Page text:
Take your time when exploring all your options. There are a dizzying array of retailers, catalogs, discount stores, online stores, and boutiques. All have something fabulous to offer, however, without a plan, you might as well walk up to the salesman hand him your money and walk out.
Look through books and magazines, and determine who you are and what your style is. Study the various brands and construction of pieces. And most importantly research price points. There are different price ranges for everything, but without a plan you will end up making huge sacrifices, costly mistakes, or worse end up having your eyes pop out when you realize its impossible to redo your entire room for a thousand dollars, despite HGTV telling you it could be done.
Always make sure you have an idea of what will fit, and not fit. Don't go into a furniture store and buy a sofa that is 96" long if the space will only allow 72". Determine the layout that will work in your room, along with measurements, and take it with you into the store. This will eliminate half the available selection on the floor, and make decision making much simpler.
Learn the terminology. For example, do you know the difference between a nightstand and a bachelors chest? A hassock and a foot stool? Well students, these items are one in the same. How about a casegood or occasional chair? Many items on the floor will look similar but be entirely different in terminology. Learn the general vernacular so you can easily speak with your sales assistant and find what you need quickly. Also, knowing the language will give you an inside edge. Those of us in the industry never use certain words. We never say couch, we say sofa. Another example, we never say curtains, we say drapes.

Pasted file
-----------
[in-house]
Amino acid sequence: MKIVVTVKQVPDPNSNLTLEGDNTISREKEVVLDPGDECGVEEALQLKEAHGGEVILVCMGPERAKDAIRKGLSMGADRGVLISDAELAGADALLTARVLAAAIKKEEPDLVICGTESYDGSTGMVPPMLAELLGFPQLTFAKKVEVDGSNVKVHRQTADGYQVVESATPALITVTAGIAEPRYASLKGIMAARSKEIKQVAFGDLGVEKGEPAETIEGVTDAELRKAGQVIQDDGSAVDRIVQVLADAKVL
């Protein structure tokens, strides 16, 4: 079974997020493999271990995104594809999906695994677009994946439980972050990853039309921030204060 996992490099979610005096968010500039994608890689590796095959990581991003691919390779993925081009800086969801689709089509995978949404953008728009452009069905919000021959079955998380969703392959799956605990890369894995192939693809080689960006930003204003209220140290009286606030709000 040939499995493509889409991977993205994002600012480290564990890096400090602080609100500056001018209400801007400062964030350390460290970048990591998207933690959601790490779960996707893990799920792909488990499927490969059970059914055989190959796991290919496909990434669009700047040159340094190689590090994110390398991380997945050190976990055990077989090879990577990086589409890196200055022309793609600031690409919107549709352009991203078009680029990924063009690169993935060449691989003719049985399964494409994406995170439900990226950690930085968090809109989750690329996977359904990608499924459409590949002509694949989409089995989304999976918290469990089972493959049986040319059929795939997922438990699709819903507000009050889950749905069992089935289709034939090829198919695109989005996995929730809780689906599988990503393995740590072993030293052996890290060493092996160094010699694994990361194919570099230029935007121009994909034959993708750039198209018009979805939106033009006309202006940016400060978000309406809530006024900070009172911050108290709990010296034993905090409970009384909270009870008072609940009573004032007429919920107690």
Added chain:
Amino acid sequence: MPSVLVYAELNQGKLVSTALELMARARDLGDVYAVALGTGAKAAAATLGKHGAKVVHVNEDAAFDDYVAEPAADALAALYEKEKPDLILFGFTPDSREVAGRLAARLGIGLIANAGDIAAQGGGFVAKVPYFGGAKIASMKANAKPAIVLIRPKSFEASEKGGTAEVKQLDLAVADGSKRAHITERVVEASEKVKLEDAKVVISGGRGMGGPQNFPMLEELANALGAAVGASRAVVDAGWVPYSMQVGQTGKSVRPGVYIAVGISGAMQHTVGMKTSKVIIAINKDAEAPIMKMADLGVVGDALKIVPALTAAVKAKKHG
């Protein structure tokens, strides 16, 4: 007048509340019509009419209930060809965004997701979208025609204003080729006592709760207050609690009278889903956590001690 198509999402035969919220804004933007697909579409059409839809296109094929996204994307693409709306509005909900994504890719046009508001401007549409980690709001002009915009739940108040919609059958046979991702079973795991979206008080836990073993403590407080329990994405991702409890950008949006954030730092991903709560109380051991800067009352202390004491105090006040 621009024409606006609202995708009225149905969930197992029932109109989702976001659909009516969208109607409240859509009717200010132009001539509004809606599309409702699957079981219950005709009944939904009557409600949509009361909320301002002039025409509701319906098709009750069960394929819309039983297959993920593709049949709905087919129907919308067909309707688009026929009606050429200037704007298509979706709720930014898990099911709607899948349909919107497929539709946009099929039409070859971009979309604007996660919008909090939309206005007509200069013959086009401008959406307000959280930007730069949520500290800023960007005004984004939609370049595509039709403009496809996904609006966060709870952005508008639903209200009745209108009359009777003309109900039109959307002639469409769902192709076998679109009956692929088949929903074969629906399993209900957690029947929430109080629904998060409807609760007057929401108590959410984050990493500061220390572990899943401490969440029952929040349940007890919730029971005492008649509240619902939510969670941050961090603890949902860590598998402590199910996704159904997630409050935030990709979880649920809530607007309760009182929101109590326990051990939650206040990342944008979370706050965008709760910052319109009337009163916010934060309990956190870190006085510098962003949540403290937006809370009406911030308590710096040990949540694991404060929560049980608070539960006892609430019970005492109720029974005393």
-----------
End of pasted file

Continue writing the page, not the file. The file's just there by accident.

Know your woods. When shopping for casegoods look for info that labels which woods or veneers are used. Woods have different properties, durability, and behave differently in certain climates. Look for strong construction. Where does the piece bear the most weight- the legs, shelves, braces, drawers? Look at the doors and drawers. Do they open and shut easily? Are there any visual imperfections?
Bone up on the manufacturer that you are purchasing investment pieces from. For instance, I sell LEE Industries upholstery. I favor them over many of my manufacturers for several reasons. They are made in the USA, (very important) their pieces are kiln dried, eight-way hand tied, hardwood joined with dowels, tempered steel springs that are sagless, and their quality is unsurpassed for the money. Not to mention the fact that they have hundreds of styles to choose from, for any kind of interior.
This is where hiring an interior designer can really help you. Developing a plan can be the hardest thing for a consumer to set in motion. They do not always know where to start. A designer can help you decipher what works and doesn't, and build your space plan that gives you direction. Once a design concept is mature, you can easily be let loose into a furniture store with confidence, and build the room of your dreams.
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